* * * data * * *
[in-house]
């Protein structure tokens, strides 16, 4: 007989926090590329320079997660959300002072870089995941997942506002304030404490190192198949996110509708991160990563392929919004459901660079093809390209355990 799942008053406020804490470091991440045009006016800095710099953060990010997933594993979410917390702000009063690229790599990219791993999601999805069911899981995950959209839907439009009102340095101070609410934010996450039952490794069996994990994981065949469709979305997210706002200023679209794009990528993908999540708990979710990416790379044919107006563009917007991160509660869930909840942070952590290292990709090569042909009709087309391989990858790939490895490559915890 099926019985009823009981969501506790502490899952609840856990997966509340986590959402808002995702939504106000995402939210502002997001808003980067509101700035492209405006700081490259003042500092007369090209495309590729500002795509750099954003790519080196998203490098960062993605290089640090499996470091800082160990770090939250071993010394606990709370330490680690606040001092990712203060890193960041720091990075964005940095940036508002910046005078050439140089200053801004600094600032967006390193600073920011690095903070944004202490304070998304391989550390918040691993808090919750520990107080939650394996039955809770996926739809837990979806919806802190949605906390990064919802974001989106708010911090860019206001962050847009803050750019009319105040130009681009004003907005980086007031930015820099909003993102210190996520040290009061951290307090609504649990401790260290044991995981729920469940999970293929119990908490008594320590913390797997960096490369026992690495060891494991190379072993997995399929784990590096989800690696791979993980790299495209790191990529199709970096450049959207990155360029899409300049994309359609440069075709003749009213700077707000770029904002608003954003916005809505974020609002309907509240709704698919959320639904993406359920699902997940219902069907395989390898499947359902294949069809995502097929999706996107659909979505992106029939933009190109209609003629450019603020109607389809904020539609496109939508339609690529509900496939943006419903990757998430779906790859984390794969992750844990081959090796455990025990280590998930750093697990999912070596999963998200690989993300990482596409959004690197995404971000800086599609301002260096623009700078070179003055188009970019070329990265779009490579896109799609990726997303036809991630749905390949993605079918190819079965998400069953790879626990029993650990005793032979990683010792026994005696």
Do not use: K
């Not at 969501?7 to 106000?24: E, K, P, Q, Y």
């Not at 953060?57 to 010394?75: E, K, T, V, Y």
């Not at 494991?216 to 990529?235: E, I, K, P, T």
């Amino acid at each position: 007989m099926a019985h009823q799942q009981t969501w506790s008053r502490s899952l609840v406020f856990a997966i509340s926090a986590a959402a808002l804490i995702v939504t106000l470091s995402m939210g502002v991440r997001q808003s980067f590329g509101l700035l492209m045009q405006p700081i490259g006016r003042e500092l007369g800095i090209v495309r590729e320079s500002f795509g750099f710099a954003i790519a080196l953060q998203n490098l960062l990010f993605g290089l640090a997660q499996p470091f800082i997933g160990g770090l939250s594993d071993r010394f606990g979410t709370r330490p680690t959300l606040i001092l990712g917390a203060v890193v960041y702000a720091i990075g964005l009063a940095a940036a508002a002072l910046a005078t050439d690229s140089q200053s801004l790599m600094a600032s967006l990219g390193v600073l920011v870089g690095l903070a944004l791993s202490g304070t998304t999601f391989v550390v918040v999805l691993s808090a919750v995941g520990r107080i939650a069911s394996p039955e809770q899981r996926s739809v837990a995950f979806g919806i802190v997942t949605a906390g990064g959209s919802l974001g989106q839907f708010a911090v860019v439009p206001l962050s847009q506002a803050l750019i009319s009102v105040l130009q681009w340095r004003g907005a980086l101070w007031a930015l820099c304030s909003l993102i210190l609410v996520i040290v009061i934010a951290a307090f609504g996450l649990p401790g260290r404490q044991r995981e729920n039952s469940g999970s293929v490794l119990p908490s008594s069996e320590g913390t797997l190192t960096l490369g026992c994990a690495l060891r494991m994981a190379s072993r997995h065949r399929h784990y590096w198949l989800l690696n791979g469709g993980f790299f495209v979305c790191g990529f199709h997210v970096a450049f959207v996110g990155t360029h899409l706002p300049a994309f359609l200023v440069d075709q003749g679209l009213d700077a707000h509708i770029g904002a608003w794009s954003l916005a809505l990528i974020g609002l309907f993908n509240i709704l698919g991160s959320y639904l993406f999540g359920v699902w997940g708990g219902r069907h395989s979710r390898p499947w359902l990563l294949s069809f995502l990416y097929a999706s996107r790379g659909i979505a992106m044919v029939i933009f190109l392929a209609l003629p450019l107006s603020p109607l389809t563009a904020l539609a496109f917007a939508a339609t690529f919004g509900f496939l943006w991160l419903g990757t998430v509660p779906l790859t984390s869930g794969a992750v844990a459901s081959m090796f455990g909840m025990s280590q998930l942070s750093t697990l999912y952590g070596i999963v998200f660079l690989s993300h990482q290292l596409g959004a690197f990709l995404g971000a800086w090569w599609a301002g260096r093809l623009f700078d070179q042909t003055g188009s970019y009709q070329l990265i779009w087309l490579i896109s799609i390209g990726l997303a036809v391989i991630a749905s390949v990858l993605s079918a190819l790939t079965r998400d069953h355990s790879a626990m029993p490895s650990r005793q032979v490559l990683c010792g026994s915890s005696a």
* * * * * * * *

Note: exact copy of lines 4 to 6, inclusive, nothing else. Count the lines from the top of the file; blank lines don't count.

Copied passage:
């Not at 969501?7 to 106000?24: E, K, P, Q, Y």
């Not at 953060?57 to 010394?75: E, K, T, V, Y």
């Not at 494991?216 to 990529?235: E, I, K, P, T």